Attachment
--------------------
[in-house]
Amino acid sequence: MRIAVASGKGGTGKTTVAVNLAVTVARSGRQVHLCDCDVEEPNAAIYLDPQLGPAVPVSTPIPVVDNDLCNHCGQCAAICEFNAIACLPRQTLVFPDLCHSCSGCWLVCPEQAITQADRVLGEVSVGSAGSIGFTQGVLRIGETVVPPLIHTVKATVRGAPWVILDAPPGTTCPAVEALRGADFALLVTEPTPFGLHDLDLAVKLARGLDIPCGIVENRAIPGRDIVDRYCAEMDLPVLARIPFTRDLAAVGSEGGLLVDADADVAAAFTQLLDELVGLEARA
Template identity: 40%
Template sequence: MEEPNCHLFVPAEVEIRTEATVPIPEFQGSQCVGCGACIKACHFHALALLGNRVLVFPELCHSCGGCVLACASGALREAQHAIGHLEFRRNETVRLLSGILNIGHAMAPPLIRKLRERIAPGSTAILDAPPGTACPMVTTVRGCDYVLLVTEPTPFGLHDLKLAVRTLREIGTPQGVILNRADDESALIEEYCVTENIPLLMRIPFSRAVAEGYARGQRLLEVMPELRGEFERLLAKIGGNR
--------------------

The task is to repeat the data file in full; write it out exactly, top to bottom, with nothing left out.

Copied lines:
[in-house]
Amino acid sequence: MRIAVASGKGGTGKTTVAVNLAVTVARSGRQVHLCDCDVEEPNAAIYLDPQLGPAVPVSTPIPVVDNDLCNHCGQCAAICEFNAIACLPRQTLVFPDLCHSCSGCWLVCPEQAITQADRVLGEVSVGSAGSIGFTQGVLRIGETVVPPLIHTVKATVRGAPWVILDAPPGTTCPAVEALRGADFALLVTEPTPFGLHDLDLAVKLARGLDIPCGIVENRAIPGRDIVDRYCAEMDLPVLARIPFTRDLAAVGSEGGLLVDADADVAAAFTQLLDELVGLEARA
Template identity: 40%
Template sequence: MEEPNCHLFVPAEVEIRTEATVPIPEFQGSQCVGCGACIKACHFHALALLGNRVLVFPELCHSCGGCVLACASGALREAQHAIGHLEFRRNETVRLLSGILNIGHAMAPPLIRKLRERIAPGSTAILDAPPGTACPMVTTVRGCDYVLLVTEPTPFGLHDLKLAVRTLREIGTPQGVILNRADDESALIEEYCVTENIPLLMRIPFSRAVAEGYARGQRLLEVMPELRGEFERLLAKIGGNR